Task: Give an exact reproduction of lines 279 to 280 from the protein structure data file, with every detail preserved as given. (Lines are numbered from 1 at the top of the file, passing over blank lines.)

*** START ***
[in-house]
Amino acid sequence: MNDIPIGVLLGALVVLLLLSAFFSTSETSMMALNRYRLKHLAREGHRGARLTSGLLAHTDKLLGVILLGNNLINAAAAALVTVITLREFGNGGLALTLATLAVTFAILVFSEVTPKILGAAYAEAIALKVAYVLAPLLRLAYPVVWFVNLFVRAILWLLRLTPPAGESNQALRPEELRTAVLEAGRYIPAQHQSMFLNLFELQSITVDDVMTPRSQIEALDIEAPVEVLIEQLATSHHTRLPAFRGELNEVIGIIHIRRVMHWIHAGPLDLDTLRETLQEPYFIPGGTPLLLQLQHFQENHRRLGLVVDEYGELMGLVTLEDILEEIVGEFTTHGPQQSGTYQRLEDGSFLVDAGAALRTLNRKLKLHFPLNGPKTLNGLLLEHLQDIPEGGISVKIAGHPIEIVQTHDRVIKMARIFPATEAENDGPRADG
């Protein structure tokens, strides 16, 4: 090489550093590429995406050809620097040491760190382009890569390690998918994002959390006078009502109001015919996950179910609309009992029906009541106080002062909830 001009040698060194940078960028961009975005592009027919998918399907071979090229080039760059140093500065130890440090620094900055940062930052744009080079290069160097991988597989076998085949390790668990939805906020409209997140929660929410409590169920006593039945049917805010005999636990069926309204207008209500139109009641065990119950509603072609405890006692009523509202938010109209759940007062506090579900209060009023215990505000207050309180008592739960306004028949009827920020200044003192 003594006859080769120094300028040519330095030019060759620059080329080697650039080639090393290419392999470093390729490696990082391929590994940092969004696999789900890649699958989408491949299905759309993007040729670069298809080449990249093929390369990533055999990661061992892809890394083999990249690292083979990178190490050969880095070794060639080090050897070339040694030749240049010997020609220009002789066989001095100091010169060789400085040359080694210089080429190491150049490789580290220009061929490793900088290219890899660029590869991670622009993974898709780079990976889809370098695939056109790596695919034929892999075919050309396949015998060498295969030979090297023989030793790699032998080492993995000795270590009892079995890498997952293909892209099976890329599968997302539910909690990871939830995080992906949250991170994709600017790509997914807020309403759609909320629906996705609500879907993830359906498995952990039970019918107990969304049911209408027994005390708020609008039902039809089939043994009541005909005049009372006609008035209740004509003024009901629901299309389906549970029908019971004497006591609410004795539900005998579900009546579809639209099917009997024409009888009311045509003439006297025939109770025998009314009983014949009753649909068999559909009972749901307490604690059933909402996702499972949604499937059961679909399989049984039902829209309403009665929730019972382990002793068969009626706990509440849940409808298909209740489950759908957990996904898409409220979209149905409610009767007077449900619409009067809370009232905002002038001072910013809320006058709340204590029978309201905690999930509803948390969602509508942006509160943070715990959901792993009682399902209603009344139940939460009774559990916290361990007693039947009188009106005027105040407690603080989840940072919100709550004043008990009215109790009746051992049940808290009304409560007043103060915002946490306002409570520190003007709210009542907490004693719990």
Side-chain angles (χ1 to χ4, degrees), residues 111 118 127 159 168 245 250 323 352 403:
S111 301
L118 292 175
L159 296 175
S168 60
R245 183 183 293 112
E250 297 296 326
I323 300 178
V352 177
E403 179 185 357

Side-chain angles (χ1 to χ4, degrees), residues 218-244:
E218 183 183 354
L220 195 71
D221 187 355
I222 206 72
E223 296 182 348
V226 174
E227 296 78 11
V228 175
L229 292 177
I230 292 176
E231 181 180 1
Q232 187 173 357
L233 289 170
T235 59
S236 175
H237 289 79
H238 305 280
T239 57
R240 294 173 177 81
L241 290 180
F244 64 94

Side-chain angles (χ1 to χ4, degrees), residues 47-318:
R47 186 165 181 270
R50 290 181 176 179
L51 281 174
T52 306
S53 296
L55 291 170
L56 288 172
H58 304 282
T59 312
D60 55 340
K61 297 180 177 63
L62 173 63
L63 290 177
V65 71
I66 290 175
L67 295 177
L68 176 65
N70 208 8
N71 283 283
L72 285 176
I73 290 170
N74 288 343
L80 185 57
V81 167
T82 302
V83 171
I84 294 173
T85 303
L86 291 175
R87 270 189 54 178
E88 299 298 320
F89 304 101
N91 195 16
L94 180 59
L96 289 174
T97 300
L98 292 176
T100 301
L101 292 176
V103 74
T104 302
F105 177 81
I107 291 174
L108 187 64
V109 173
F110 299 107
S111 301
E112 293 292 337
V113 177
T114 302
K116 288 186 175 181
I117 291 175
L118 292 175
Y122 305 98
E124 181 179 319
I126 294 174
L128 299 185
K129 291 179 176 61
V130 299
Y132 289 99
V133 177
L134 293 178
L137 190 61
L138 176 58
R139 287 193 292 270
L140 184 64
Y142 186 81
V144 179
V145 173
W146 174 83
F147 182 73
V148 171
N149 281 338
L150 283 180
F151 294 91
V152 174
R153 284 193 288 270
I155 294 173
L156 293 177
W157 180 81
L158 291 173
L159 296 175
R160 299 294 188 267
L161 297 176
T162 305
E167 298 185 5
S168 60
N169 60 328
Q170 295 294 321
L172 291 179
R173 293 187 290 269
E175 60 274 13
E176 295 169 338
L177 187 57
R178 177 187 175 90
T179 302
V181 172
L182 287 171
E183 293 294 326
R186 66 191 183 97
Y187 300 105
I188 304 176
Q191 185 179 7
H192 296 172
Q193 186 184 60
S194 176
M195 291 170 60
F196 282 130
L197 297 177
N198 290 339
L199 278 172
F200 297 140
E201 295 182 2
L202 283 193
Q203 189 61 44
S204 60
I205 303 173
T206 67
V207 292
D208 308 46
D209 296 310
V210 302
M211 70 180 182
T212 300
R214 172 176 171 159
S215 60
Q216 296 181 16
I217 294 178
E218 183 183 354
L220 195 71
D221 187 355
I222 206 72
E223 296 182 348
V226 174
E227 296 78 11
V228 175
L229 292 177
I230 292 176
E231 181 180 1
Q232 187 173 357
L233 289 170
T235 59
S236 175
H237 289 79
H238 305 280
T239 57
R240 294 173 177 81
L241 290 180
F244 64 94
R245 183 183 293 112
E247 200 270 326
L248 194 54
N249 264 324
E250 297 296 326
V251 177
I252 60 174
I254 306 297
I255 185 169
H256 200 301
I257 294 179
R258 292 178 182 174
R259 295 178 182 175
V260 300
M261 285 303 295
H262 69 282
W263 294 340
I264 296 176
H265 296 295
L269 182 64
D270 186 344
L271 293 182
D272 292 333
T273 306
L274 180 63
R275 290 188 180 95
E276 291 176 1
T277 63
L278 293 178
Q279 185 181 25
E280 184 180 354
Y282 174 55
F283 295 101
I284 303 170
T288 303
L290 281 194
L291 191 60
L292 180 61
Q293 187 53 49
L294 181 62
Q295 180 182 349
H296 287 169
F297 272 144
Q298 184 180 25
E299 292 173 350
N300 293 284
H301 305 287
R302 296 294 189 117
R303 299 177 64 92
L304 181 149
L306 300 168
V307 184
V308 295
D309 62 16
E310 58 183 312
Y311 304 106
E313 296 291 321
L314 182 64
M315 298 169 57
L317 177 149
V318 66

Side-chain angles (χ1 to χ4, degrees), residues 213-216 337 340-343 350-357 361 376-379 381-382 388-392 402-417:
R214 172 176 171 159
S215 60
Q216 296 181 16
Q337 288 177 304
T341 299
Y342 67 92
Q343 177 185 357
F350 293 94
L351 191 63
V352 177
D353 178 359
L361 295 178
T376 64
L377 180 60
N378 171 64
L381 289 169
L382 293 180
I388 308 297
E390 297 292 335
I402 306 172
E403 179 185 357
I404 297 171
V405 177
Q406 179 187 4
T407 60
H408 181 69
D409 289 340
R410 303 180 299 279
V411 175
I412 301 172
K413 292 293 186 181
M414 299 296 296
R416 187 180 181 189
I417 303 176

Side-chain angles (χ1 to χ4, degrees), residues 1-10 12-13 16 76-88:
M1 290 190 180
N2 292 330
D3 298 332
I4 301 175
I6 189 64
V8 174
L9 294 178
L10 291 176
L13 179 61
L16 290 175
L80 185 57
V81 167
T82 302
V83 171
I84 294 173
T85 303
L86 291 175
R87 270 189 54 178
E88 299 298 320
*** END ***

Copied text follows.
M414 299 296 296
R416 187 180 181 189